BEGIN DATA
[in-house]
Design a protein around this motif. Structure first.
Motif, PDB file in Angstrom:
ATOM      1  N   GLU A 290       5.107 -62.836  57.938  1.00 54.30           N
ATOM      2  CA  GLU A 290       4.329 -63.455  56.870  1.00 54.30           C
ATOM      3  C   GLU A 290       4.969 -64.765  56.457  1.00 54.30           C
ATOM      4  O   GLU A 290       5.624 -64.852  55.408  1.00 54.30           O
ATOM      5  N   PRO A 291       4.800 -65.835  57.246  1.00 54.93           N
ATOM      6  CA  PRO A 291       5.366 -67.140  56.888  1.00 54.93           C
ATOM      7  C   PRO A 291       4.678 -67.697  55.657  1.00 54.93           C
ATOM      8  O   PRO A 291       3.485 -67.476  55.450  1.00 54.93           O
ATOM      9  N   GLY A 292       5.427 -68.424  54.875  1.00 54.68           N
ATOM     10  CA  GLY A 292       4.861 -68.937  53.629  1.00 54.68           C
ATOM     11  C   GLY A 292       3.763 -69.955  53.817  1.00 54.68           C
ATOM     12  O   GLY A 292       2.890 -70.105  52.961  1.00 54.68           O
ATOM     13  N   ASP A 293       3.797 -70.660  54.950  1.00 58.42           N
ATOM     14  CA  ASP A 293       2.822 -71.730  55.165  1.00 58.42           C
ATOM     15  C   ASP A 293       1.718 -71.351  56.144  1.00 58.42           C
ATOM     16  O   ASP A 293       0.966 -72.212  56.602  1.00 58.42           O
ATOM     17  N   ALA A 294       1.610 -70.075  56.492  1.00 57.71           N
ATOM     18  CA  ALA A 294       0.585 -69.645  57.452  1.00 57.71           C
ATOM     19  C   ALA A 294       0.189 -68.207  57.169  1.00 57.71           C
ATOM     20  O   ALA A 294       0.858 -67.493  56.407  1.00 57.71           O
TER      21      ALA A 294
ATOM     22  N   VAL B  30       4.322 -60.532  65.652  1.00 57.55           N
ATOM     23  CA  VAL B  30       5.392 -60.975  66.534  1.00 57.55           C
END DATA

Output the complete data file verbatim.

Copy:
[in-house]
Design a protein around this motif. Structure first.
Motif, PDB file in Angstrom:
ATOM      1  N   GLU A 290       5.107 -62.836  57.938  1.00 54.30           N
ATOM      2  CA  GLU A 290       4.329 -63.455  56.870  1.00 54.30           C
ATOM      3  C   GLU A 290       4.969 -64.765  56.457  1.00 54.30           C
ATOM      4  O   GLU A 290       5.624 -64.852  55.408  1.00 54.30           O
ATOM      5  N   PRO A 291       4.800 -65.835  57.246  1.00 54.93           N
ATOM      6  CA  PRO A 291       5.366 -67.140  56.888  1.00 54.93           C
ATOM      7  C   PRO A 291       4.678 -67.697  55.657  1.00 54.93           C
ATOM      8  O   PRO A 291       3.485 -67.476  55.450  1.00 54.93           O
ATOM      9  N   GLY A 292       5.427 -68.424  54.875  1.00 54.68           N
ATOM     10  CA  GLY A 292       4.861 -68.937  53.629  1.00 54.68           C
ATOM     11  C   GLY A 292       3.763 -69.955  53.817  1.00 54.68           C
ATOM     12  O   GLY A 292       2.890 -70.105  52.961  1.00 54.68           O
ATOM     13  N   ASP A 293       3.797 -70.660  54.950  1.00 58.42           N
ATOM     14  CA  ASP A 293       2.822 -71.730  55.165  1.00 58.42           C
ATOM     15  C   ASP A 293       1.718 -71.351  56.144  1.00 58.42           C
ATOM     16  O   ASP A 293       0.966 -72.212  56.602  1.00 58.42           O
ATOM     17  N   ALA A 294       1.610 -70.075  56.492  1.00 57.71           N
ATOM     18  CA  ALA A 294       0.585 -69.645  57.452  1.00 57.71           C
ATOM     19  C   ALA A 294       0.189 -68.207  57.169  1.00 57.71           C
ATOM     20  O   ALA A 294       0.858 -67.493  56.407  1.00 57.71           O
TER      21      ALA A 294
ATOM     22  N   VAL B  30       4.322 -60.532  65.652  1.00 57.55           N
ATOM     23  CA  VAL B  30       5.392 -60.975  66.534  1.00 57.55           C